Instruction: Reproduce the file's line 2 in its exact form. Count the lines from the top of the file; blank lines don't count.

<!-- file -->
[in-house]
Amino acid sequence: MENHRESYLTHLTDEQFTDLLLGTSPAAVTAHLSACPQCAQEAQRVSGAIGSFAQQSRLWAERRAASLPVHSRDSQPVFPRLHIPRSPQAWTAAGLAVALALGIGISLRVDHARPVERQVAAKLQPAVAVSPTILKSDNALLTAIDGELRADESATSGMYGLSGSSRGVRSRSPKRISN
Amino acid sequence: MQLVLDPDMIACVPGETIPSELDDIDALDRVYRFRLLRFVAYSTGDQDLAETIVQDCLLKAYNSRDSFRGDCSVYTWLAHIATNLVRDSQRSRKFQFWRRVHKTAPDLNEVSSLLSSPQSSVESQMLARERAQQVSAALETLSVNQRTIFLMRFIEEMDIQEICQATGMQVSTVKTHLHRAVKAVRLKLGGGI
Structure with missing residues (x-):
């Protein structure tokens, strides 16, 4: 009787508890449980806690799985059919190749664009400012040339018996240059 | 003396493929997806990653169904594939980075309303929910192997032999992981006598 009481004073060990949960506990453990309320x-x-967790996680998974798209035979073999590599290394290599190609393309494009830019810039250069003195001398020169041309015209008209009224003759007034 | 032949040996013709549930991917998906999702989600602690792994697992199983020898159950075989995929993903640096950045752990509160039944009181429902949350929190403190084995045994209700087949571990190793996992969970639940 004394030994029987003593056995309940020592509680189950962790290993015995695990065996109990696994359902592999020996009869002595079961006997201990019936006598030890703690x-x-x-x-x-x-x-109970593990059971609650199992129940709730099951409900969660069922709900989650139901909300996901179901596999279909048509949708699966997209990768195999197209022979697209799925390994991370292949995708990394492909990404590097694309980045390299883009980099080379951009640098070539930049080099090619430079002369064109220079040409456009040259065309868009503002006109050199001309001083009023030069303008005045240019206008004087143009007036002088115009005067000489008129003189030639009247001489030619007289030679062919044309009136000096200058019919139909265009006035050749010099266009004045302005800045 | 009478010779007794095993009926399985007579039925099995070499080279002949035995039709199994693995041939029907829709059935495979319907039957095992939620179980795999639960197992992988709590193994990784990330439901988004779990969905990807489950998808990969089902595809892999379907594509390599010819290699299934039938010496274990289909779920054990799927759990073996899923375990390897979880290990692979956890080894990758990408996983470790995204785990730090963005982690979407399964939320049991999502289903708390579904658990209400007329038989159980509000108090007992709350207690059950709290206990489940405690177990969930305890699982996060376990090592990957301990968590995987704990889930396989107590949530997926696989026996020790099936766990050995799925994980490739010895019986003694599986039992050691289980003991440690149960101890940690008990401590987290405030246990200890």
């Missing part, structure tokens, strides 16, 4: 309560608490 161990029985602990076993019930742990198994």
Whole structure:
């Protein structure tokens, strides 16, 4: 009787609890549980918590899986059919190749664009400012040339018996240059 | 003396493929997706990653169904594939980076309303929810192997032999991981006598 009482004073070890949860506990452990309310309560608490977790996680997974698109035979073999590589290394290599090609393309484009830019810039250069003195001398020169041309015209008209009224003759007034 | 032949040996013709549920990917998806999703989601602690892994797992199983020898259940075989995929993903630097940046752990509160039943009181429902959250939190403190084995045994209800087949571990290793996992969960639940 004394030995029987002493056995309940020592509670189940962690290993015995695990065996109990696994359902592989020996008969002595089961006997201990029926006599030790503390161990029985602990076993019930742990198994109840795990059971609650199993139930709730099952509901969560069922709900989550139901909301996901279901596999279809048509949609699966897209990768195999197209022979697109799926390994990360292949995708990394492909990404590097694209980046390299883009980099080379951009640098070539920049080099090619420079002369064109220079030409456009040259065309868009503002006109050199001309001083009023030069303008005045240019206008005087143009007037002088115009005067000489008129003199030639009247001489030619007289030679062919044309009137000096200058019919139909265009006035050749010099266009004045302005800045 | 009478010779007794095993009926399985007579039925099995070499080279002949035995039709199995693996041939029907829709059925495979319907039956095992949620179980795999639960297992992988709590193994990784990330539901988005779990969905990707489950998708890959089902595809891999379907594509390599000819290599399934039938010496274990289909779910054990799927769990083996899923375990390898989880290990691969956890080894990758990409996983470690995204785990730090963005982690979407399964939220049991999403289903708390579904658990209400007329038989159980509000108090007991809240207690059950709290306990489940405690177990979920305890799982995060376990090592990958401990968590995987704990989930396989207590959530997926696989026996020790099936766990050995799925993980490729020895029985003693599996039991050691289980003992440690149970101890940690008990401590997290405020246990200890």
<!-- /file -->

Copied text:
Amino acid sequence: MENHRESYLTHLTDEQFTDLLLGTSPAAVTAHLSACPQCAQEAQRVSGAIGSFAQQSRLWAERRAASLPVHSRDSQPVFPRLHIPRSPQAWTAAGLAVALALGIGISLRVDHARPVERQVAAKLQPAVAVSPTILKSDNALLTAIDGELRADESATSGMYGLSGSSRGVRSRSPKRISN